Miller’s Famous Sandwiches owners Gwen and Roger Graham Jr. are keenly focused on what’s necessary to propel the brand to the next level.

That’s why after nearly 40 years of business as an independent restaurant in East Providence, Rhode Island, the third-generation operators decided in 2010 to open a second store in Attleboro, Massachusetts, about 10 miles away.

It’s a stark turn from those who came before them. When Henry and Ruby Miller first opened Miller’s in 1972, there were no intentions to take on more. With business progressing and customer demand holding steady, the couple remained content with making sandwiches in their one Rhode Island-based restaurant. The second generation, daughter and son-in-law Ruth and Roger Graham, took over in 1986 and kept the same philosophy.

But when Gwen and Roger entered restaurant leadership in the late 2000s, the duo found opportunities to leverage decades-worth of cult-like demand and fulfill a need for roast beef sandwiches without artificial preservatives.

In the years since that major decision, financial performance has proven them right. Same-store sales have increased in the past four years, and after pivoting during COVID, there still hasn’t been any declines.

That’s why franchising—for the first time in company history—is the logical next step, Gwen Graham says.

“The previous generations, they created something great, but we see something even greater,” Graham says. “We think now is time to pave the way for, we like to call it a better-beef [quick-service restaurant] segment. Five Guys did it at the time, right? When they created the better-burger market, they spearheaded that, and others followed in its path, but there is nobody right now really doing a good roast beef sandwich, and we know we have what it takes.”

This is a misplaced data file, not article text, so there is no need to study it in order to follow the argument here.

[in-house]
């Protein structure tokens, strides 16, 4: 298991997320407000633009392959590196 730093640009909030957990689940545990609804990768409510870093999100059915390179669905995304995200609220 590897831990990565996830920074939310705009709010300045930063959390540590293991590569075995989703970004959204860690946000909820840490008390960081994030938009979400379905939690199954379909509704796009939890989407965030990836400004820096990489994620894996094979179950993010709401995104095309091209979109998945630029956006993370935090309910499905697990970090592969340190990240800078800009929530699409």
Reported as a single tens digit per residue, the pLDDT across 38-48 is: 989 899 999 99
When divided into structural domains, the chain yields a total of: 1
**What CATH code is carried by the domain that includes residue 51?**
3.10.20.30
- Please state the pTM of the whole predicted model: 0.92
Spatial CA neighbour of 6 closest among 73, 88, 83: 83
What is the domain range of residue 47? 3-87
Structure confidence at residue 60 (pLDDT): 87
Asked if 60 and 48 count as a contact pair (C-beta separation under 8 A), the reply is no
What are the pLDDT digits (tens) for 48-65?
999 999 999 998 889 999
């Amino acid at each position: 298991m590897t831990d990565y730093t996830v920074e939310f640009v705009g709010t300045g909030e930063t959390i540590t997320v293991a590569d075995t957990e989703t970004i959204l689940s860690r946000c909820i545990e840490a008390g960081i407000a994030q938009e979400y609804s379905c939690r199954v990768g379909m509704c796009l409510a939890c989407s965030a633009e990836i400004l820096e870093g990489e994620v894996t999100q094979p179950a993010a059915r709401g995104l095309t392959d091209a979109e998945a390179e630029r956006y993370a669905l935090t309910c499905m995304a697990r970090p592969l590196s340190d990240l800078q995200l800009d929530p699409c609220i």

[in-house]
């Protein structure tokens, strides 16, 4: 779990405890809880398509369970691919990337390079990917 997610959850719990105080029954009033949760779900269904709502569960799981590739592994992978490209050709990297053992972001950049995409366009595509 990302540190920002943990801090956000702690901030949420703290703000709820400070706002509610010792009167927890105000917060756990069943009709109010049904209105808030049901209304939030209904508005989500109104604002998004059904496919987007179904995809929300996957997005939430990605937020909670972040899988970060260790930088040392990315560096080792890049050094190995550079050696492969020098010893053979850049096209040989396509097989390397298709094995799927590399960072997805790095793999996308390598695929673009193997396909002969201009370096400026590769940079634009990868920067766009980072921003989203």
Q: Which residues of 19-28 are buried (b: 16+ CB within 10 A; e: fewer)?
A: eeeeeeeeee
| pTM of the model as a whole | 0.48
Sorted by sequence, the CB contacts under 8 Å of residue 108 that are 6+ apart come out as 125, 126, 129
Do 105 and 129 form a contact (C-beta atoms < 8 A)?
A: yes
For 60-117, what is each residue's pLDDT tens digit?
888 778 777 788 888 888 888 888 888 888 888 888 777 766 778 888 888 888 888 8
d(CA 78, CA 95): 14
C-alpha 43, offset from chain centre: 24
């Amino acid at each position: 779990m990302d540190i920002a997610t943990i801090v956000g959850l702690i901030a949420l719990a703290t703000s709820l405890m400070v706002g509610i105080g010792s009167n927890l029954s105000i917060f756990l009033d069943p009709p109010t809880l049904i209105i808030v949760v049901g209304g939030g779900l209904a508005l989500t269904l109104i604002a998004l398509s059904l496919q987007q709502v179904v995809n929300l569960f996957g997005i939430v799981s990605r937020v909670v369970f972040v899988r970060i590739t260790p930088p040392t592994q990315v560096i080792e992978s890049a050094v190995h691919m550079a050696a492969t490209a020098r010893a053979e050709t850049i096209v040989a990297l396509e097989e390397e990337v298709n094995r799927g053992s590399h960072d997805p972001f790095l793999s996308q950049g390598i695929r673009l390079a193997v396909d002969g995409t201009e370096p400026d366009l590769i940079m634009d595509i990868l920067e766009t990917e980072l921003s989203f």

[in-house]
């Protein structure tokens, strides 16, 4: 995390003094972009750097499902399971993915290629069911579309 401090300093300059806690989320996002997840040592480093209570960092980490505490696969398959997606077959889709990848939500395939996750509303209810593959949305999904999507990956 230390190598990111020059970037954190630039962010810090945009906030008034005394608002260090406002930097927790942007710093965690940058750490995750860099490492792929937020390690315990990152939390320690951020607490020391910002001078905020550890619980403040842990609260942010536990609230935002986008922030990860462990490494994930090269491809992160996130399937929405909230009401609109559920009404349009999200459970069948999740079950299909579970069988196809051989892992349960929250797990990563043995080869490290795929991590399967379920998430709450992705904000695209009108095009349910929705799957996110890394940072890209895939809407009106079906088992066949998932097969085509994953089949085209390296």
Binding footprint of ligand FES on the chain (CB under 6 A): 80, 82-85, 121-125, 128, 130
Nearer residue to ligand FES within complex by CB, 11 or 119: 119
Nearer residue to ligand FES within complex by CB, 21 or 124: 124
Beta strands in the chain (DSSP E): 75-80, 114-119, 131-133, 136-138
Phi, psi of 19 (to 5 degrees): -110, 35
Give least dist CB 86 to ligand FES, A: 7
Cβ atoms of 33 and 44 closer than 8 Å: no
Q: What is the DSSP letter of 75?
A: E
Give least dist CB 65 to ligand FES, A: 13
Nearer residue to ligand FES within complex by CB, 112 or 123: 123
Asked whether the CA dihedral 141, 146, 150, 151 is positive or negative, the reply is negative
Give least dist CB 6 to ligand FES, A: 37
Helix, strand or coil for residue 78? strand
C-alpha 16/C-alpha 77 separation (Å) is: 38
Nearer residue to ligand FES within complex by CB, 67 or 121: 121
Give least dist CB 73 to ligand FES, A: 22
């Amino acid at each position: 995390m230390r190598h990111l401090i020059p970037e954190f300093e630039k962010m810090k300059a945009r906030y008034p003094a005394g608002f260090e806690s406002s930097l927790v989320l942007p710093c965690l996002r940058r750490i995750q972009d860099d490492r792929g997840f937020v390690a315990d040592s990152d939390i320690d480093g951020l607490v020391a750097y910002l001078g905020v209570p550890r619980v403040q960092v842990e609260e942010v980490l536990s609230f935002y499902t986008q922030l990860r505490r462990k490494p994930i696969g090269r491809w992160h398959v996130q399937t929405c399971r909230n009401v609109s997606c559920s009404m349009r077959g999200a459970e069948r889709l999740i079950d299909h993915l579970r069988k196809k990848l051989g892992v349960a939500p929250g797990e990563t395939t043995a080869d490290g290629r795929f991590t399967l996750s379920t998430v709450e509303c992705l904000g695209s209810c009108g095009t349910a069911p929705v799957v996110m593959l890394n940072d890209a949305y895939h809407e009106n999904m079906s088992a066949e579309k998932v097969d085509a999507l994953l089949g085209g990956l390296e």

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Although it’s cliché, Graham says Miller’s will take a “walk before you run” mentality when it comes to franchise-led expansion. The chain refuses to enter hundreds of agreements and finish with a large number of sold-but-not-open restaurants. With that in mind, the plan is to open five to seven locations in the next couple of years across markets from the Northeast to Florida, including Boston, Charlotte, Raleigh, New York City, and Washington D.C.

Miller’s unique franchise offering starts with its menu, Graham notes. The brand serves six tons of roast beef each month out of its two locations, using certified angus beef that’s cooked low and slow overnight. The meat is sliced thin to order, which customers can see through the open kitchen layout.